Chickens come with many surprises, including finding abnormal eggs in their nests.
There are several reasons for your feathered beauty, laying an egg that looks like it came from an alien, age of the chicken, diet, stress, and other factors.
Let’s take a look at a few…
Egg abnormalities by age of the Chicken, both young and old:
Double Yolk Eggs
These are a fun find and caused when a yolk combines with another yolk and the shell forms around both. It’s kind of like twins. Pullets and older hens can lay these as their reproductive laying cycle may be just starting or at an end.
Very Tiny Eggs
Also known as wind, fairy, rooster or fart eggs are usually a sign of a hen’s first egg or eggs and indicates their reproductive system is not working correctly yet.
Consider the Age and Diet in these cases:
Thin Shelled Eggs
May feel like rubber when you grab them from the nest but usually come from a beginning chick or are a sign of a lack of calcium in your hen’s diet which you can quickly fix by adding some oyster shell to their diet.
Eggs with Bumps on the Shell
These are a rare abnormality for both the young and older hen alike. It also can be caused by an excess of Vitamin D or calcium if you have a rash of bumps in your egg count.
Very Large Eggs
These are usually laid by hens who are reaching the end of their laying cycle but once again if you have several in your egg basket the hen’s diet may be suffering from a mineral deficiency.
Stress, Diet, or Disease causes these egg abnormalities:
Shell-less or Thin Shelled Eggs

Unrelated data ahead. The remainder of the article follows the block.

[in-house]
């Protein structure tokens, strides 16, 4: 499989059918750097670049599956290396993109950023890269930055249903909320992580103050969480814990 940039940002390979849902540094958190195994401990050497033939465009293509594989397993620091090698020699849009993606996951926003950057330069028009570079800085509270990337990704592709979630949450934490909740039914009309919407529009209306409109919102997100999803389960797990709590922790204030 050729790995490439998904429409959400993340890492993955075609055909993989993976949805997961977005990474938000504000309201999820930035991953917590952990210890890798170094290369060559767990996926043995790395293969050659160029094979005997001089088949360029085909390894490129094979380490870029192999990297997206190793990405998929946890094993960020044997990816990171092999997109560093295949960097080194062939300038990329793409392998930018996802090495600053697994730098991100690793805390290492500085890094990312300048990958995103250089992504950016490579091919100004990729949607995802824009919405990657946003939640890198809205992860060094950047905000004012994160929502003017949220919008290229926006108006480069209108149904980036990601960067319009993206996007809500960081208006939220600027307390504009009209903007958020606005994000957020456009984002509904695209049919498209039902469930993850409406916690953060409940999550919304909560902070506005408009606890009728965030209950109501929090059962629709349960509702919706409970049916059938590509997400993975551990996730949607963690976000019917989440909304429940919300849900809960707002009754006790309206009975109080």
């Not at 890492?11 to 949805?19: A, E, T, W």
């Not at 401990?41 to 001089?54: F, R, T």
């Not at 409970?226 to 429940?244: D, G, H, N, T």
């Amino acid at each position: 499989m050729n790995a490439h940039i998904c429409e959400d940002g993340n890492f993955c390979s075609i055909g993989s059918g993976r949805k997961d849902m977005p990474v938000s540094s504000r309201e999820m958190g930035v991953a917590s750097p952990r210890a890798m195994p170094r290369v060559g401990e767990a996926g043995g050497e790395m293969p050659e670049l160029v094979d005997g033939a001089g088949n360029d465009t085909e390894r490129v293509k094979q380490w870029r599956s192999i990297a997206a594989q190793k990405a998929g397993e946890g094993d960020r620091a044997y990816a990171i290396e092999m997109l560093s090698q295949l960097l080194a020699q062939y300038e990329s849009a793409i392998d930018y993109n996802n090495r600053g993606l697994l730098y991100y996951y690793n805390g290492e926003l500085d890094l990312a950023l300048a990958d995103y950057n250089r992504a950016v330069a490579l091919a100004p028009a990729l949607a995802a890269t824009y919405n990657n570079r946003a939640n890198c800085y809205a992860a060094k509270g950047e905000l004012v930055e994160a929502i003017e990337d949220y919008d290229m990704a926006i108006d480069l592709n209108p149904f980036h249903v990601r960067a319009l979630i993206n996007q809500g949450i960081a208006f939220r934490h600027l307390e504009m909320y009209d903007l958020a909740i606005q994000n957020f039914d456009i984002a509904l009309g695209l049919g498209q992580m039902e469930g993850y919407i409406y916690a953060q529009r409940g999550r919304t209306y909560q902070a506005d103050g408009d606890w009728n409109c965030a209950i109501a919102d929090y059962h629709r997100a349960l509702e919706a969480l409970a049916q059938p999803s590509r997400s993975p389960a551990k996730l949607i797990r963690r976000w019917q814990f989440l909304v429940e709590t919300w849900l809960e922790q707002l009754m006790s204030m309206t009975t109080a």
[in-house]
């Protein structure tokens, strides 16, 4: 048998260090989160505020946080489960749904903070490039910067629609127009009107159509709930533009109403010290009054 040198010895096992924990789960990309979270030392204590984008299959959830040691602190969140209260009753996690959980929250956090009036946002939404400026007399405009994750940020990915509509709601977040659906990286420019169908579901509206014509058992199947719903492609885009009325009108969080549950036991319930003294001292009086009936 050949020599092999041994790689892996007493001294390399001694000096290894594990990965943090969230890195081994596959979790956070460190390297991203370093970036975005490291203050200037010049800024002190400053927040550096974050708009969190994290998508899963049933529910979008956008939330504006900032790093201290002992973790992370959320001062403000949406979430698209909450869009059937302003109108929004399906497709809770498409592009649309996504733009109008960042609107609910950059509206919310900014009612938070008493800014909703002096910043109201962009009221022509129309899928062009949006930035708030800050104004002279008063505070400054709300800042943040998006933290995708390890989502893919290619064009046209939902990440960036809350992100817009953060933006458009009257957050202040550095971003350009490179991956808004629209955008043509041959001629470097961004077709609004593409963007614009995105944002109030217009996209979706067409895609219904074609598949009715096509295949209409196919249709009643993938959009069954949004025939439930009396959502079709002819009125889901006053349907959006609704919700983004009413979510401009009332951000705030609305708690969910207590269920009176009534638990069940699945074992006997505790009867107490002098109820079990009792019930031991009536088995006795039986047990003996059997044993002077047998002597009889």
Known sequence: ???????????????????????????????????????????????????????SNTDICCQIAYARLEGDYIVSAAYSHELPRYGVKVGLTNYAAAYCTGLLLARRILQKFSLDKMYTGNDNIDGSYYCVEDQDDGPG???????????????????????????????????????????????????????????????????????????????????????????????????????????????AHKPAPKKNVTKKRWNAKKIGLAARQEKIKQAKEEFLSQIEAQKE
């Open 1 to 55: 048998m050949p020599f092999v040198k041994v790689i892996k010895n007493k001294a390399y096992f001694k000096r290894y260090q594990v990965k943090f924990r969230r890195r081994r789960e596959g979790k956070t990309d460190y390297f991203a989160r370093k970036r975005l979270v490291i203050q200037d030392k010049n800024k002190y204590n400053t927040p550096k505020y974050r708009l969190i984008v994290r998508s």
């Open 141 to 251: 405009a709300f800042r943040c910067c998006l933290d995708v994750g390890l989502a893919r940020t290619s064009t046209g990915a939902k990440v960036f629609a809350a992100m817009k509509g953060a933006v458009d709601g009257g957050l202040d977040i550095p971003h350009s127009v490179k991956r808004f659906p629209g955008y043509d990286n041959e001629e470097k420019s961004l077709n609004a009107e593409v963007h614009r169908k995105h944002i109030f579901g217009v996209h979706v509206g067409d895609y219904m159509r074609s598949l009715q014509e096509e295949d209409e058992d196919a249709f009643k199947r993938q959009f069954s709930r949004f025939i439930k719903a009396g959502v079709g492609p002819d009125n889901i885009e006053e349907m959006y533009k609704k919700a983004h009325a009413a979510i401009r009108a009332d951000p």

These are due to stress, which caused the egg to be laid before it was completely formed. Other issues for the anomaly may be problems with the hen’s shell gland and a lack of Vitamin D and calcium.
Oddly shaped Eggs
Can be attributed to overcrowding and stress but also can be an immature shell gland in your hen and worst case scenario possible evidence of disease.
These are funky looking and can be induced by rough handling of your hens, causing a second yolk to be prematurely released and bumping up against the egg, causing the wrinkles. Another factor that can cause wrinkling is a respiratory infection in the hens.
Oddly Pigmented Eggs
Half colored, spots without pigment or even purple, pink or pale colors are most likely caused by high stress such as heat, predator scares or overcrowding. But don’t rule out excess calcium in their diet, an older hen anomaly, or a possible disease indicator.
Eggs with Healed Cracks
These start with a break in the shell during formation but mend during the laying process. The hen experiencing stress during the calcification is the main culprit for this type of egg.
Egg in an Egg
This happens when an egg gets backed up and not laid in a timely manner. The egg actually goes through the last production stages twice. Extreme stress to your poor hen is probably the reason. She may need a spa day complete with a dust bath and mealworms to nibble on.
Tails, Lashes, and Spots, oh my:
Eggs with Tails
These eggs look like they’ve been pinched on the bottom but happen because that part of the shell did not harden before the hen laid it. It happens very randomly, but if you see a trend in the coop, go ahead and increase the calcium in your feed.
Lash eggs are not really an egg at all but instead is a severe sign of infection in your hen. Here’s where it gets technical, the scientific name is Salpingitis, and it is infection and inflammation in the oviduct and if not treated can cause death. A good round of antibiotics can take care of it.
Eggs with Blood Spots/Meat Spots
These happen when blood or a small piece of tissue release before the shell forms. This abnormality can be genetics, too much light during the winter months in the coop, or high levels of Vitamin A or K in their diet.
These are easy to spot. You can tell if your rooster is doing his job if there is a white bullseye around the egg yolk. Congratulations you could incubate those eggs and hatch a chick!
So there you have it a list of some of the more common abnormal eggs.
We would love to see your hen’s wildest looking egg. Share a picture with us of the egg and what type of hen laid it.